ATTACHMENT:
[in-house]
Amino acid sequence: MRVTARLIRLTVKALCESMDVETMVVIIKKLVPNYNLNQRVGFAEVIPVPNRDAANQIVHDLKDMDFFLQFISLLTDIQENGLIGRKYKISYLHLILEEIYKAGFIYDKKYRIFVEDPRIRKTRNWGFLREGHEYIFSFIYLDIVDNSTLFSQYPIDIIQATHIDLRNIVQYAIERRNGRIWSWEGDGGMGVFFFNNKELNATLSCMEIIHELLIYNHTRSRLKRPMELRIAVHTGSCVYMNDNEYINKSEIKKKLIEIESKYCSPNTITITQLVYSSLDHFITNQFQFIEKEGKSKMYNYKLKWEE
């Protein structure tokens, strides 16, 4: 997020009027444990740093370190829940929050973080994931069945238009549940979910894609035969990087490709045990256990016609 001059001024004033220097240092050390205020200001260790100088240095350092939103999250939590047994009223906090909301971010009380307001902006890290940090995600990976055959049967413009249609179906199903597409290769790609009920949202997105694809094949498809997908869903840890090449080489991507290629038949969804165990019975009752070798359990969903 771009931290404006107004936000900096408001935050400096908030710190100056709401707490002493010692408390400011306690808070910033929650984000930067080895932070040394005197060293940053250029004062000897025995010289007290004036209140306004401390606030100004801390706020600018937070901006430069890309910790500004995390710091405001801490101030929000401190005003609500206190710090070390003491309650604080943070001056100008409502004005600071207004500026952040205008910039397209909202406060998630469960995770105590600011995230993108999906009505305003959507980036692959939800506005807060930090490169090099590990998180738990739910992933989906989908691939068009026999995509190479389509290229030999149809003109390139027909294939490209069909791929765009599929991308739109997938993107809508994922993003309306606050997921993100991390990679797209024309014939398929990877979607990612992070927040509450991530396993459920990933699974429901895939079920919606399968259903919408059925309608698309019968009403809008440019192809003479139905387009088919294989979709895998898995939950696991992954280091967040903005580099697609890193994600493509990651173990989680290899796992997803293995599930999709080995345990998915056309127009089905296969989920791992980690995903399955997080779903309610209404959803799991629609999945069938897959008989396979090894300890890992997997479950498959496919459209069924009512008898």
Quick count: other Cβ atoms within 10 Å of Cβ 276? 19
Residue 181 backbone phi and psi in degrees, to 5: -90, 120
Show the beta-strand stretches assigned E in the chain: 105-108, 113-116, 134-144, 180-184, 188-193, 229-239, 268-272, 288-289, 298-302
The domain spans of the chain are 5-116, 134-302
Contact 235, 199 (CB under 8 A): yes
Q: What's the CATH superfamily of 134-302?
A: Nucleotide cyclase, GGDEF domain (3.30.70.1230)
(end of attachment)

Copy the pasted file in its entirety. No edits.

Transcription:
[in-house]
Amino acid sequence: MRVTARLIRLTVKALCESMDVETMVVIIKKLVPNYNLNQRVGFAEVIPVPNRDAANQIVHDLKDMDFFLQFISLLTDIQENGLIGRKYKISYLHLILEEIYKAGFIYDKKYRIFVEDPRIRKTRNWGFLREGHEYIFSFIYLDIVDNSTLFSQYPIDIIQATHIDLRNIVQYAIERRNGRIWSWEGDGGMGVFFFNNKELNATLSCMEIIHELLIYNHTRSRLKRPMELRIAVHTGSCVYMNDNEYINKSEIKKKLIEIESKYCSPNTITITQLVYSSLDHFITNQFQFIEKEGKSKMYNYKLKWEE
């Protein structure tokens, strides 16, 4: 997020009027444990740093370190829940929050973080994931069945238009549940979910894609035969990087490709045990256990016609 001059001024004033220097240092050390205020200001260790100088240095350092939103999250939590047994009223906090909301971010009380307001902006890290940090995600990976055959049967413009249609179906199903597409290769790609009920949202997105694809094949498809997908869903840890090449080489991507290629038949969804165990019975009752070798359990969903 771009931290404006107004936000900096408001935050400096908030710190100056709401707490002493010692408390400011306690808070910033929650984000930067080895932070040394005197060293940053250029004062000897025995010289007290004036209140306004401390606030100004801390706020600018937070901006430069890309910790500004995390710091405001801490101030929000401190005003609500206190710090070390003491309650604080943070001056100008409502004005600071207004500026952040205008910039397209909202406060998630469960995770105590600011995230993108999906009505305003959507980036692959939800506005807060930090490169090099590990998180738990739910992933989906989908691939068009026999995509190479389509290229030999149809003109390139027909294939490209069909791929765009599929991308739109997938993107809508994922993003309306606050997921993100991390990679797209024309014939398929990877979607990612992070927040509450991530396993459920990933699974429901895939079920919606399968259903919408059925309608698309019968009403809008440019192809003479139905387009088919294989979709895998898995939950696991992954280091967040903005580099697609890193994600493509990651173990989680290899796992997803293995599930999709080995345990998915056309127009089905296969989920791992980690995903399955997080779903309610209404959803799991629609999945069938897959008989396979090894300890890992997997479950498959496919459209069924009512008898």
Quick count: other Cβ atoms within 10 Å of Cβ 276? 19
Residue 181 backbone phi and psi in degrees, to 5: -90, 120
Show the beta-strand stretches assigned E in the chain: 105-108, 113-116, 134-144, 180-184, 188-193, 229-239, 268-272, 288-289, 298-302
The domain spans of the chain are 5-116, 134-302
Contact 235, 199 (CB under 8 A): yes
Q: What's the CATH superfamily of 134-302?
A: Nucleotide cyclase, GGDEF domain (3.30.70.1230)